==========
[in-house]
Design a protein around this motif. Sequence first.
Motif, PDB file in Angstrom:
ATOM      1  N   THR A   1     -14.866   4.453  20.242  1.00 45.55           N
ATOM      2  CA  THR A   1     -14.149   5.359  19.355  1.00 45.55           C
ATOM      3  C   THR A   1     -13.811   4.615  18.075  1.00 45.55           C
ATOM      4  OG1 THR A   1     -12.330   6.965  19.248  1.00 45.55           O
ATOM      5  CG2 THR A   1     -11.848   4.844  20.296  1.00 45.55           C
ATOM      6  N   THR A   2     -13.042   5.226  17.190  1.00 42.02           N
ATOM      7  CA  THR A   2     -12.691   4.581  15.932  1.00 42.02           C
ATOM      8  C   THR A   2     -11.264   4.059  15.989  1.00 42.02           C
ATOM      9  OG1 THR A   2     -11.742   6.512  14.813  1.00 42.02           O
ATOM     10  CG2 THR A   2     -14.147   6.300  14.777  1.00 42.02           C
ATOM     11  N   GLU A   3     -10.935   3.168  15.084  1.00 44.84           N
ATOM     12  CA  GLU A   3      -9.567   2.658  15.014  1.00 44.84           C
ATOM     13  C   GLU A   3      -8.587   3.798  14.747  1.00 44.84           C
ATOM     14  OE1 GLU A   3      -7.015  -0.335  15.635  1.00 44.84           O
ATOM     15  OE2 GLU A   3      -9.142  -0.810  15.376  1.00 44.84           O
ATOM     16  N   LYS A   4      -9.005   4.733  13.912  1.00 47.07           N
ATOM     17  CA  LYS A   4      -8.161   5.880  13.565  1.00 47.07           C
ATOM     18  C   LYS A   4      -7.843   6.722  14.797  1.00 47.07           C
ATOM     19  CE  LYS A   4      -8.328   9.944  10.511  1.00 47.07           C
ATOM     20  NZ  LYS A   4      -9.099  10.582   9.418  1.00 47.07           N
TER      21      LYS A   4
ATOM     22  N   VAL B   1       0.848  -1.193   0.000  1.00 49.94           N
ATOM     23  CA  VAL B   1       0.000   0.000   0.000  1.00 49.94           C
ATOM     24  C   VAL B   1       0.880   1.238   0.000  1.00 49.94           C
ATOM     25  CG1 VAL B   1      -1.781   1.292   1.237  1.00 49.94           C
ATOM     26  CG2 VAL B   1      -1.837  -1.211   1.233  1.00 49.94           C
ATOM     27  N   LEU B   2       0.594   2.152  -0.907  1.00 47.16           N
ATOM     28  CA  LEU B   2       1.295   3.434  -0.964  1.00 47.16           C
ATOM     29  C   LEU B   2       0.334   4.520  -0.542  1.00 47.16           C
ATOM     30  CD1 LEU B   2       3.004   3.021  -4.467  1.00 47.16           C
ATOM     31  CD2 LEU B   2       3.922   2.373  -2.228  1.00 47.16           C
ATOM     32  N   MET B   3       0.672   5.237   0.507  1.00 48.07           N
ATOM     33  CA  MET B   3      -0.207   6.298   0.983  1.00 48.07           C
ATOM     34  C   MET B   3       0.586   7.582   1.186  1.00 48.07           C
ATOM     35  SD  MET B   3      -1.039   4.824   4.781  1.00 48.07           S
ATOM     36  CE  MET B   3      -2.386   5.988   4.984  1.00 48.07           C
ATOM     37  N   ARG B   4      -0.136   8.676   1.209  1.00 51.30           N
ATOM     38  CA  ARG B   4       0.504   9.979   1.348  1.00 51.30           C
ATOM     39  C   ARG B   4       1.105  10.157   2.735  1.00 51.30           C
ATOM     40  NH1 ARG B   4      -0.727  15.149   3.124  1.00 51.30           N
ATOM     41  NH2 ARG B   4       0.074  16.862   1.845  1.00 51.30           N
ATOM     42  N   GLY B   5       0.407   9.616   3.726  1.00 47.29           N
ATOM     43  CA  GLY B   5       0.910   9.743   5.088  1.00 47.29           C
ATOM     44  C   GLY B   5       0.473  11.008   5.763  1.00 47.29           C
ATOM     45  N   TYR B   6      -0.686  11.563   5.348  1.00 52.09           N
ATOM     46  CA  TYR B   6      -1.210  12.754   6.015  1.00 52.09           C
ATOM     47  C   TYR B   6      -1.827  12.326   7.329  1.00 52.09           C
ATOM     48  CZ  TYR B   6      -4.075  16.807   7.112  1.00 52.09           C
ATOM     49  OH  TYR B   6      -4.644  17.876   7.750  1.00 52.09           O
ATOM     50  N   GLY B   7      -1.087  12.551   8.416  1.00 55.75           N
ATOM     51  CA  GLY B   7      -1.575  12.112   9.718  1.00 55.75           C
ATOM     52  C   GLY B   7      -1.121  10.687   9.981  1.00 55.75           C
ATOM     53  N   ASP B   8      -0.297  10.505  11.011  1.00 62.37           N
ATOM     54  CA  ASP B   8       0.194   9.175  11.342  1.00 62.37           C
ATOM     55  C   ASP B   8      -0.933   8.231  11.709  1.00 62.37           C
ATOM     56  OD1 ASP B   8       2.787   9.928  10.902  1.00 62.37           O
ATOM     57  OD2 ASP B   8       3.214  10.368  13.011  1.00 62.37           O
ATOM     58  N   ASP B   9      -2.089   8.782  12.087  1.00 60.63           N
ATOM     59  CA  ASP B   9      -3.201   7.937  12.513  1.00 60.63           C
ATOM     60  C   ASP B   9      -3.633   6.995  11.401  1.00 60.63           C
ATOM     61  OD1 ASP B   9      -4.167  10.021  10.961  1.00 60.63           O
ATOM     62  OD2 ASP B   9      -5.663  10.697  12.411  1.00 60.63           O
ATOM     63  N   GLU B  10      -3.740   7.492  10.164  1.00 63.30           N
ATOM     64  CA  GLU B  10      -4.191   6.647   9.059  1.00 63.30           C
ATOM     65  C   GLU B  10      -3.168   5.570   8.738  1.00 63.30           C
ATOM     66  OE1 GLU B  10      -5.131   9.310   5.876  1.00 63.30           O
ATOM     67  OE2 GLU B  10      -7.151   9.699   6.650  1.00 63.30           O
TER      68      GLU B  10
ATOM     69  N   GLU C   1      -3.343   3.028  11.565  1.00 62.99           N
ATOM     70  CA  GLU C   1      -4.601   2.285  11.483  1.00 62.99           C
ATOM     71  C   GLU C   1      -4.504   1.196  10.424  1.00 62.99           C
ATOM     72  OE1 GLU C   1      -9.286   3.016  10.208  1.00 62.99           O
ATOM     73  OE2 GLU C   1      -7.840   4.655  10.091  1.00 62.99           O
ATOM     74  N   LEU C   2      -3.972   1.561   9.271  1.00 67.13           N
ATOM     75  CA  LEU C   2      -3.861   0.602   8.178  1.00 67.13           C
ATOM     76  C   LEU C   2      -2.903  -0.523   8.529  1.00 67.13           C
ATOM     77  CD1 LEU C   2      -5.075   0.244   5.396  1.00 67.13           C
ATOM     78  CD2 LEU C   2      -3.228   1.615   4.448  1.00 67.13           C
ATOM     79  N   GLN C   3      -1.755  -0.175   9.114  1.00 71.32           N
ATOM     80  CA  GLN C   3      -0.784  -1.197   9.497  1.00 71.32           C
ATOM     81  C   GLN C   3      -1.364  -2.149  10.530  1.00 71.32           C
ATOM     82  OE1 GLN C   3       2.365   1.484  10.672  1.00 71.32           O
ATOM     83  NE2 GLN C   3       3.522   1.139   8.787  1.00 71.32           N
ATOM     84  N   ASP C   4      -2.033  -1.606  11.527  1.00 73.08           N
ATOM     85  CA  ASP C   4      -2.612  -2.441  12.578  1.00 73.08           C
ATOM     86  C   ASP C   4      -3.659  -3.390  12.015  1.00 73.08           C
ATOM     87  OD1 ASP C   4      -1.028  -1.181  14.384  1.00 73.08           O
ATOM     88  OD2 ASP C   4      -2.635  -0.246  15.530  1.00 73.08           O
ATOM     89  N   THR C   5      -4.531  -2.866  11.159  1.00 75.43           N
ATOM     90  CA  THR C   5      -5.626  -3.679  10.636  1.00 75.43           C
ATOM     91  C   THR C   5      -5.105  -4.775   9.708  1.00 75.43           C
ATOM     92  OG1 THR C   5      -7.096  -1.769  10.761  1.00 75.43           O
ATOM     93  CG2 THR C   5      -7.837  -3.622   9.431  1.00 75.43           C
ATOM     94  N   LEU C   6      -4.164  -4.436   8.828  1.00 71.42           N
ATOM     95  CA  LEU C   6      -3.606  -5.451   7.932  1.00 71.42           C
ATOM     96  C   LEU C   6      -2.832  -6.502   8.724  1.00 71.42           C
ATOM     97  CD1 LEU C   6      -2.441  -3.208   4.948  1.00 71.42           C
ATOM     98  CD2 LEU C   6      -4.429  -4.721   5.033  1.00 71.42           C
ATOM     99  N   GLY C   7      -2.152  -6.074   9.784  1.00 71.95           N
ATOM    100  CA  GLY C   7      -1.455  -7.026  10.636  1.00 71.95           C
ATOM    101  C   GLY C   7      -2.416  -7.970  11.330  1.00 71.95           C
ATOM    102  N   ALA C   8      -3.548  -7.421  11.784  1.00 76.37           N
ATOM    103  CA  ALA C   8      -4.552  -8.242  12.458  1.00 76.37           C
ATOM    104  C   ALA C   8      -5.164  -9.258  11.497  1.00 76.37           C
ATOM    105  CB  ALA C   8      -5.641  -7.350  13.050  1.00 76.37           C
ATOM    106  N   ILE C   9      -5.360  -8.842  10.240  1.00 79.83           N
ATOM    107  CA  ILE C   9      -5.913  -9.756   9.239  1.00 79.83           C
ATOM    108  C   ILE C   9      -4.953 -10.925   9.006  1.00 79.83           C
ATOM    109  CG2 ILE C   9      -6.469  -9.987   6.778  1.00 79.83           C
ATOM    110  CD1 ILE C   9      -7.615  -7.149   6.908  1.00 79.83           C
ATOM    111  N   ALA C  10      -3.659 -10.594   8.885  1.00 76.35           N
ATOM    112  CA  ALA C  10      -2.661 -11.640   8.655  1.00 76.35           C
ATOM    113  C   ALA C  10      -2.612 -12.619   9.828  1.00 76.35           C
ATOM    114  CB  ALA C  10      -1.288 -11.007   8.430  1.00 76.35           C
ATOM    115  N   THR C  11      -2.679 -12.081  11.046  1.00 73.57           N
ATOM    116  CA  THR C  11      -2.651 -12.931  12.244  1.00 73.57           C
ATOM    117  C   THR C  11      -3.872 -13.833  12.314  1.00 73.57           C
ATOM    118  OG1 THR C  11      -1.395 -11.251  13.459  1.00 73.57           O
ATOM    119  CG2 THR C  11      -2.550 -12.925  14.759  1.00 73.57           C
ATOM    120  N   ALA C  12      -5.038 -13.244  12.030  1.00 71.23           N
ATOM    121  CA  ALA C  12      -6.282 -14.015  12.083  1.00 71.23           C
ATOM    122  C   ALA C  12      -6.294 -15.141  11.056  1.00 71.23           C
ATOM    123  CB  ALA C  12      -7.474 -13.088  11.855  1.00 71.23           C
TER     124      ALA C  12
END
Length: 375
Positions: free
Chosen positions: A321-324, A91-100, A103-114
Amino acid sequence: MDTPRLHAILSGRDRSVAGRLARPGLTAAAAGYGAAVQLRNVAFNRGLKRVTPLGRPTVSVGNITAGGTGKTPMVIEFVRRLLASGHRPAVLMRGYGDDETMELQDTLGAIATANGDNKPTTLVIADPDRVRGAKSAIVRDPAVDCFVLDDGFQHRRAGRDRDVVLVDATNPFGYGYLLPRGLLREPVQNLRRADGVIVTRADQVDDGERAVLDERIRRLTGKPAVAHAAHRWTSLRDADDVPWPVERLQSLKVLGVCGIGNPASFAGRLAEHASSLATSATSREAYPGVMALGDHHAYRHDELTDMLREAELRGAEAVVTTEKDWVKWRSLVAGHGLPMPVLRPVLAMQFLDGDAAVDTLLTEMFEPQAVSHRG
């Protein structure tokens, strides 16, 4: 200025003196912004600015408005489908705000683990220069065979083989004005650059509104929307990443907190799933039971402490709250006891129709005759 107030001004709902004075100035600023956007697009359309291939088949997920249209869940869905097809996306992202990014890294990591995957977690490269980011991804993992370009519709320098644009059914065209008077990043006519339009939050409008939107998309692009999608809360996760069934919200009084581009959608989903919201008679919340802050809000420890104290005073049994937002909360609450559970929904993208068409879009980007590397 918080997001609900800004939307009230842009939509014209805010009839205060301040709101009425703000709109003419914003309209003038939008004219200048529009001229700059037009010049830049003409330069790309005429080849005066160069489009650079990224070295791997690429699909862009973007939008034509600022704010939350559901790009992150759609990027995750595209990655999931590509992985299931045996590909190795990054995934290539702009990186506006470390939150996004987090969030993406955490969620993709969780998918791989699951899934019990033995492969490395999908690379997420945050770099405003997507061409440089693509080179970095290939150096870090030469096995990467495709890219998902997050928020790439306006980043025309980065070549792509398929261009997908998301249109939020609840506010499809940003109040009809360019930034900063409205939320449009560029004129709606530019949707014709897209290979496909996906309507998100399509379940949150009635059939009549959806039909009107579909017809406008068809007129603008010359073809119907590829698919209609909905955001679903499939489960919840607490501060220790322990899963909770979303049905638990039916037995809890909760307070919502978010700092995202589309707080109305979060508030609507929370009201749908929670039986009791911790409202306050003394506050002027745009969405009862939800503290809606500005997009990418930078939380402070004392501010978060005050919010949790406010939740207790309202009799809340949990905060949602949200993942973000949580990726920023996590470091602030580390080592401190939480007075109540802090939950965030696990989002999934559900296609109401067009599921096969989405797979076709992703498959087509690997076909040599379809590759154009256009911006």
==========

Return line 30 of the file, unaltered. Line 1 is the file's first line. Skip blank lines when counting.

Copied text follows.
ATOM     27  N   LEU B   2       0.594   2.152  -0.907  1.00 47.16           N